DEAR MR. MYERS: What are the best home-related items to buy in August?
ANSWER: With millions of teenagers heading off to college over the next few weeks, start by thinking about anything that might belong in a dorm room, off-campus apartment or even a home office.
Many retailers are already starting to offer back-to-school discounts of 40 percent or more on items that include computer desks, ergonomic chairs, file cabinets, inexpensive bookshelves and the like. Ditto for futons, linens and storage containers.
Also look for discounts of 50 percent or even more on outdoor patio furniture, as retailers try to clear floor space for autumn-related goods. Most patio items are sold in the spring, as homeowners get ready for the upcoming summer, so home-improvement centers and department stores are anxious to unload their remaining inventory now.
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Barbeque grills are also being discounted, but you’ll likely save even more if you can hold off such a purchase until Labor Day -- the unofficial end of summer, which arrives Sept. 7 -- grows a bit closer.
You can compound your savings if you live in one of the 17 states that have sales-tax “holidays” in August, when no tax is charged on the purchase of certain types of school- and home-related items. Those states include Arkansas (Aug. 1-2), Florida (7-16) Louisiana (7-8), Missouri (7-9), Ohio (7-9), Oklahoma (7-9) and Texas (also Aug. 7-9).
A complete list of states with tax-free holidays and the dates that they occur can be found at www.taxadmin.org. The website is operated by the nonprofit Federation of Tax Administrators.
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REAL ESTATE TRIVIA: Five states -- Alaska, Delaware, Montana, New Hampshire and Oregon -- charge no state sales taxes at all.
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DEAR MR. MYERS: Is it true that the city of Niagara Falls, N.Y., will actually help pay off the student loans of recent college graduates who move there?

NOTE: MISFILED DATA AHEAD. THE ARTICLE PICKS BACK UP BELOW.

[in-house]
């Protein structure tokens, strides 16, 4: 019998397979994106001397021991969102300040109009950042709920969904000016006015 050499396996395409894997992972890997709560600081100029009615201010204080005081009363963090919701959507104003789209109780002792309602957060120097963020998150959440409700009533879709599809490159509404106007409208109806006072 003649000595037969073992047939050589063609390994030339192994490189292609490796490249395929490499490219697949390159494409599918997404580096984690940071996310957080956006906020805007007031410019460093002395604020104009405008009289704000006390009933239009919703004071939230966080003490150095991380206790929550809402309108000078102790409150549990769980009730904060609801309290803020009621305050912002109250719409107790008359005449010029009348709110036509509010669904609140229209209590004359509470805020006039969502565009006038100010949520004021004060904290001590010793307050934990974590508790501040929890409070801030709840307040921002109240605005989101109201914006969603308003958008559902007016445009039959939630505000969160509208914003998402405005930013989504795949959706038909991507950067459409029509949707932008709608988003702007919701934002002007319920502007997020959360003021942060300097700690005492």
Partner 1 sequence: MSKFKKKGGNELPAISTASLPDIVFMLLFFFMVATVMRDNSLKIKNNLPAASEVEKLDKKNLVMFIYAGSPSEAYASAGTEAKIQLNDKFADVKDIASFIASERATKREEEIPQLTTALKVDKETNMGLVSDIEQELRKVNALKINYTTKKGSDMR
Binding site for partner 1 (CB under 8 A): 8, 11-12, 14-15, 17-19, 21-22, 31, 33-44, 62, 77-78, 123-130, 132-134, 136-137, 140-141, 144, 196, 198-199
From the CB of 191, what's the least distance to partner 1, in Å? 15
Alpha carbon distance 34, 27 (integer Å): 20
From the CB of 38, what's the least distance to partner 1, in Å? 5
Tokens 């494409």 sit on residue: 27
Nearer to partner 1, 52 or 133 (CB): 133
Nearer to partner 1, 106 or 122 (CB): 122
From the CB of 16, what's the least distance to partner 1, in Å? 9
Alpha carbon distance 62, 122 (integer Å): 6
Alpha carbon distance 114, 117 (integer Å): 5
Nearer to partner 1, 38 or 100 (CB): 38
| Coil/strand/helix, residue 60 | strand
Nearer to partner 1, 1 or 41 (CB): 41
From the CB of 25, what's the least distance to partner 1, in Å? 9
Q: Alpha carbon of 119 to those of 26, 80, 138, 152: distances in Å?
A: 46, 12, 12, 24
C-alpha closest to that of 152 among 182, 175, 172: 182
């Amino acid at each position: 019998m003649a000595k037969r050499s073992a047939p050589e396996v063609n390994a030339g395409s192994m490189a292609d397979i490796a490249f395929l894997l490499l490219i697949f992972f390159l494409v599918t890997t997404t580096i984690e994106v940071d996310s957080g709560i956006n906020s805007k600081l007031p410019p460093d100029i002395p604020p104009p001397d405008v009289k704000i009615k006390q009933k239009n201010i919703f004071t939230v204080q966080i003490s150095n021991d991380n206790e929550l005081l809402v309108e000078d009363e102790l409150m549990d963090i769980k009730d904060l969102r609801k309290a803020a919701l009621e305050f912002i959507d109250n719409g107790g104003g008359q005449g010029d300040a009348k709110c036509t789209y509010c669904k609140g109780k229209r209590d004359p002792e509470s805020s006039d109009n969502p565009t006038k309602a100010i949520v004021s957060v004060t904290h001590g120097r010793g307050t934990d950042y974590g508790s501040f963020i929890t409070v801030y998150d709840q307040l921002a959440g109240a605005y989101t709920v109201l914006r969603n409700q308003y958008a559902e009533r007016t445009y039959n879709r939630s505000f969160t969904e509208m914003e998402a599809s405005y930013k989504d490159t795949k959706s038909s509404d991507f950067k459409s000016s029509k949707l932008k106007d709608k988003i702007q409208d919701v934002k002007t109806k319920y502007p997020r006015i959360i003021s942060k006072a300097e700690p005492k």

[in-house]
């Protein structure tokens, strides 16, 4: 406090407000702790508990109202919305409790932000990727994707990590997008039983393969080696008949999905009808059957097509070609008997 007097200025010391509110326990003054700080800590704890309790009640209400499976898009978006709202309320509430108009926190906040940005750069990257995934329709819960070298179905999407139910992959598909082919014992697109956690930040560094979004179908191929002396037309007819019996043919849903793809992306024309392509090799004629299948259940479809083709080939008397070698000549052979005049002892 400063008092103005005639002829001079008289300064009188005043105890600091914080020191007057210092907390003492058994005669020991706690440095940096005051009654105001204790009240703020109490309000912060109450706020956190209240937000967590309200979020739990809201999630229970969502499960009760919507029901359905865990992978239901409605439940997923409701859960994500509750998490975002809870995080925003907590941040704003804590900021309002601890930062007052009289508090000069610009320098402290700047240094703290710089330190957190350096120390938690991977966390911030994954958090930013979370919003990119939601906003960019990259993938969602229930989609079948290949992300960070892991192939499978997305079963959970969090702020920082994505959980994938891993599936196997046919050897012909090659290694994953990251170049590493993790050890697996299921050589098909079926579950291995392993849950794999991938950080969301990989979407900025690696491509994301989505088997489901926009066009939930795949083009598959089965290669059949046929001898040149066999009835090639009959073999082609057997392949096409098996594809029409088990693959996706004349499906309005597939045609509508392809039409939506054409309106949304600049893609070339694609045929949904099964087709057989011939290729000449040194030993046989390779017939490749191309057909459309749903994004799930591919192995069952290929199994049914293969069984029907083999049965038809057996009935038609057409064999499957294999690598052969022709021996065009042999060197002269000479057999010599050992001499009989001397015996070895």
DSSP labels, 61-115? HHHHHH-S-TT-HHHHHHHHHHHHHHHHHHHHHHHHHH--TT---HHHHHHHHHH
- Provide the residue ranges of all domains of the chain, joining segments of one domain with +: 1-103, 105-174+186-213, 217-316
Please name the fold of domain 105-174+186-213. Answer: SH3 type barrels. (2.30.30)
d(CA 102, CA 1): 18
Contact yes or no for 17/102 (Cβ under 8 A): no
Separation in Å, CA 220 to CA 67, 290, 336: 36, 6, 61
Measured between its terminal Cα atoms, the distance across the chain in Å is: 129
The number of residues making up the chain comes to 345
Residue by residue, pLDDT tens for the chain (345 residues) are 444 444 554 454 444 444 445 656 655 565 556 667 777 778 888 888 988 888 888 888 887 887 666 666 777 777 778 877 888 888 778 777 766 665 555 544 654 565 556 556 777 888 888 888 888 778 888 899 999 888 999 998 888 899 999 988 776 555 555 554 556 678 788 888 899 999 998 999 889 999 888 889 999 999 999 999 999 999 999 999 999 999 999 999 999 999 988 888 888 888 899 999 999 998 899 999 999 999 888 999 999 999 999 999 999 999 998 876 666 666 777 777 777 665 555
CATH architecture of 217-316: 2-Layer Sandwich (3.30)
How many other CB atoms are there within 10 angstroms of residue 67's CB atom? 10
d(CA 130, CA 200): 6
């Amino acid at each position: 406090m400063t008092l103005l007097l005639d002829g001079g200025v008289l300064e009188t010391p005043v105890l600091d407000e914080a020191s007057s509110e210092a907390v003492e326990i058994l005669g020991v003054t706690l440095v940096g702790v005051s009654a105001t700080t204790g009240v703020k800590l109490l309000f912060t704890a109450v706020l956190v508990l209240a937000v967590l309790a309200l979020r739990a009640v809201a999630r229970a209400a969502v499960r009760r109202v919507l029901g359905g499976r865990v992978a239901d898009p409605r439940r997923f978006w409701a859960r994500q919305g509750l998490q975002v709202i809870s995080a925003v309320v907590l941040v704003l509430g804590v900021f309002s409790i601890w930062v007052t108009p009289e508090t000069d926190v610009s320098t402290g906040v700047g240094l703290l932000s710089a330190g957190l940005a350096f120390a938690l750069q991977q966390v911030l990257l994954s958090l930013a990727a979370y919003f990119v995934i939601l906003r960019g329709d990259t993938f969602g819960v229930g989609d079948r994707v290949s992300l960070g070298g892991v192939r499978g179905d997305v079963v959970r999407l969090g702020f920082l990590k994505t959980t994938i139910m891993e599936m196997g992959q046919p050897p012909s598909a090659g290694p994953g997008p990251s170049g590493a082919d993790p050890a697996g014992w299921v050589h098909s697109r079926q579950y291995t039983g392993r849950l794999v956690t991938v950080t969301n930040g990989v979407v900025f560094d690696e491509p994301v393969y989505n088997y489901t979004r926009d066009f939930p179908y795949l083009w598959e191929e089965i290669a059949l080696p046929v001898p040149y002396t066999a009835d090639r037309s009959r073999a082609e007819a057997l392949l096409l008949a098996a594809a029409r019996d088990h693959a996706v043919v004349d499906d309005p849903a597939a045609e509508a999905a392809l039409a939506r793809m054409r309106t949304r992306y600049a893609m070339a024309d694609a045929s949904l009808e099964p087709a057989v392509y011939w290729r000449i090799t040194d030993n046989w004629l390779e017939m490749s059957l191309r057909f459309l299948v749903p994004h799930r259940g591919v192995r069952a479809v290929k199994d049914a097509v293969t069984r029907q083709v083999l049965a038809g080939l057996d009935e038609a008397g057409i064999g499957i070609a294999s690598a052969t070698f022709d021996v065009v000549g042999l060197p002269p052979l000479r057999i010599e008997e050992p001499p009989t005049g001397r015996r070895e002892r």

ANSWER: In some cases, yes. Although millions of visitors still stream to the picturesque town on the U.S. and Canadian border every year, it’s a little-known fact that its full-time population, currently about 49,000, has been steadily shrinking.
To help stem the exodus and rejuvenate its charming downtown area, local officials are now offering to reimburse recent college grads up to $3,492 each year for two years to repay their student loans. In exchange, the grads agree to live in designated downtown neighborhoods for at least 24 months.
The downtown area has a good mix of affordable apartments and single-family houses, is home to the Park Place Historic District, and is within walking distance to both Niagara Falls State Park and the Niagara Gorge.
The plan, called the Downtown Housing Incentive Program, is open to students who have graduated from an accredited two-year technical school within 24 months of the date the application is filed, or to those who graduated from a four-year school with a bachelor’s degree (or higher) within 36 months of the time the paperwork is completed.
You can get more information about the program by writing to Niagara Falls Community Development, P.O. Box 69, Niagara Falls, NY 14301. Details can also be found online at www.live-nf.com.
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DEAR MR. MYERS: I would like to buy my first home, but I have very little cash. My brother wants to sell his condominium, and is willing to loan me $10,000. I would put the check in my bank account, use it to make a down payment on his condo, and then get a mortgage to finance the rest of the purchase price. The bank would never need to know about the personal loan my brother gives me. Would this be legal?
ANSWER: No. The type of arrangement you are considering is called a “silent second” mortgage, and it’s considered felony home-loan fraud.
When a borrower applies for a mortgage, he or she is required to disclose every dollar of their debt to the lender who takes the loan application. This allows the lender to determine how much more the consumer can borrow.
Failing to list all debt, intentionally or not, is a federal crime punishable by prison time. And even if you initially got the mortgage and closed the sale, the lender could demand that the outstanding balance be paid in a single lump sum if the bank discovered the omission later.
There’s no law that prevents a seller from helping a buyer by providing some of the financing needed to close the transaction, but only if the bank knows about it too.
David W. Myers’ column is distributed by Cowles Syndicate Inc.